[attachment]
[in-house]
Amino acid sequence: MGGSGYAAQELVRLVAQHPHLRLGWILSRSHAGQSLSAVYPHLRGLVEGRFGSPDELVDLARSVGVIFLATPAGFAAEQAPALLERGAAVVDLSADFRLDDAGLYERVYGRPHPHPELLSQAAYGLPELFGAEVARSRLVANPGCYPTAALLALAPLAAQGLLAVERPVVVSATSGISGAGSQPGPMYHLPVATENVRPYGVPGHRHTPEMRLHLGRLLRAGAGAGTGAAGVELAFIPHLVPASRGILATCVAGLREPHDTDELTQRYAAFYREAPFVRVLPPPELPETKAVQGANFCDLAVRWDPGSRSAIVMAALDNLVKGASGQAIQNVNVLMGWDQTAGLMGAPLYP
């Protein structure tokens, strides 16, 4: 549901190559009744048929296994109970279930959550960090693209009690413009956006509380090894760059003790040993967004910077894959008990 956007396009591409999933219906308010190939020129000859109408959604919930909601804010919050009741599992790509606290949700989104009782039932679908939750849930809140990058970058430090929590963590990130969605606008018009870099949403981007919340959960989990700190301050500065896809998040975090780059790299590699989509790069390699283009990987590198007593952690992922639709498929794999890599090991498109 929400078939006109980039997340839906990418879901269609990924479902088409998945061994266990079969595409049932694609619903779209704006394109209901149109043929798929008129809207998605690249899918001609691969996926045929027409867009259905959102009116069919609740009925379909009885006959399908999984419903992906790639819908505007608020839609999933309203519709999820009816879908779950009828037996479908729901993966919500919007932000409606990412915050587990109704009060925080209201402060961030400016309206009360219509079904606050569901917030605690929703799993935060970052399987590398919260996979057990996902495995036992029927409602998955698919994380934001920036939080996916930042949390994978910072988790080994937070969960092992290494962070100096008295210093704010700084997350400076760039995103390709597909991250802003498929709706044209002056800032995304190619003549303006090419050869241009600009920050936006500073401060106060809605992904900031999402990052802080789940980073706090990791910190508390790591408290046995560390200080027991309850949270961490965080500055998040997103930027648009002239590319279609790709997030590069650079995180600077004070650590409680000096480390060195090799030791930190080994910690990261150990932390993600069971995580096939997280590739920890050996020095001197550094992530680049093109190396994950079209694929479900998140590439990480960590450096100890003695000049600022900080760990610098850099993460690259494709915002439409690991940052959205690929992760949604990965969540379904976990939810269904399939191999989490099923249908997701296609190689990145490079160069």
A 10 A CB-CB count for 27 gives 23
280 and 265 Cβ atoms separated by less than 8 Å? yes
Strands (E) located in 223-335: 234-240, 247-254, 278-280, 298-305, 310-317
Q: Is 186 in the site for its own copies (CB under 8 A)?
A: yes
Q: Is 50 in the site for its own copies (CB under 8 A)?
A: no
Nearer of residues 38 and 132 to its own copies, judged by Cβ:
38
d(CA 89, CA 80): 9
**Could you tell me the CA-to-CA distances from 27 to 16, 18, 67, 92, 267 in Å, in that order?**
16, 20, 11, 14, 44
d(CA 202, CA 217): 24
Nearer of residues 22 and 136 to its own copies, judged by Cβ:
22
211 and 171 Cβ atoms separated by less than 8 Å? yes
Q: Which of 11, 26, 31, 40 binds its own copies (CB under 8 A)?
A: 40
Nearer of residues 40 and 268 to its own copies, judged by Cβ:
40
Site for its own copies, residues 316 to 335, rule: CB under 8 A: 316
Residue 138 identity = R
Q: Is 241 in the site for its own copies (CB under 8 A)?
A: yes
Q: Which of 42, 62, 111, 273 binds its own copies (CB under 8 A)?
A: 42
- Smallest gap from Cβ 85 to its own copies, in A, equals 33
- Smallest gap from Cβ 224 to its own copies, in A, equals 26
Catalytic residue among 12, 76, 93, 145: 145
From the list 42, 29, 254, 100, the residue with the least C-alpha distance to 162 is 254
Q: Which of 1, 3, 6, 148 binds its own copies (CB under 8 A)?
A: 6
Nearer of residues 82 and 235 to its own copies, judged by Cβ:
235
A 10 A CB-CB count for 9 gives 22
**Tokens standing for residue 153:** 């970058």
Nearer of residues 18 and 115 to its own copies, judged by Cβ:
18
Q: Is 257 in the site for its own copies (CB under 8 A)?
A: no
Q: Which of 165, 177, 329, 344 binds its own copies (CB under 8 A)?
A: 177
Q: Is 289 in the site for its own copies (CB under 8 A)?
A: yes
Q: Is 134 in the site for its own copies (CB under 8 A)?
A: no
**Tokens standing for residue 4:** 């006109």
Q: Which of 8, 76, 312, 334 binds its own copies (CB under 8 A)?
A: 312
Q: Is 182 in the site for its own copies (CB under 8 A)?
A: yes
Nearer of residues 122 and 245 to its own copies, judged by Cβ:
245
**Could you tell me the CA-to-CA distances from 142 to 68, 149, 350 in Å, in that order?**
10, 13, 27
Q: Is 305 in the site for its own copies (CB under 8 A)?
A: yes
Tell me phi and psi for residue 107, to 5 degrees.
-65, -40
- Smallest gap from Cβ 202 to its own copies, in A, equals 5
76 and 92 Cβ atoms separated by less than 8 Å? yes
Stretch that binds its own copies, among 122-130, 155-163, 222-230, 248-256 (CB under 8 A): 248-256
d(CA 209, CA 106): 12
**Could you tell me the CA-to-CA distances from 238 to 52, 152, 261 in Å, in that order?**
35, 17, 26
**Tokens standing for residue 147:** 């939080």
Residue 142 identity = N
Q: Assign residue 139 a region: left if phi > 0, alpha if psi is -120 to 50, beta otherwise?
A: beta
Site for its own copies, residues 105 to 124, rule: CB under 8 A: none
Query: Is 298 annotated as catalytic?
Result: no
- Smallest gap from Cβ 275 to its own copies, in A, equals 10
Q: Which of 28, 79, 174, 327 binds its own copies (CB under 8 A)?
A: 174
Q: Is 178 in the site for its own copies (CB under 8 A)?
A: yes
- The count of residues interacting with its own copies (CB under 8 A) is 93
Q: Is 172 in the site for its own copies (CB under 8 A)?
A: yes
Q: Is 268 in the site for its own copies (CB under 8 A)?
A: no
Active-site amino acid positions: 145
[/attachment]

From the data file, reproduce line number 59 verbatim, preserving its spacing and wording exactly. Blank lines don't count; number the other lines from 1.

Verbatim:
Q: Is 305 in the site for its own copies (CB under 8 A)?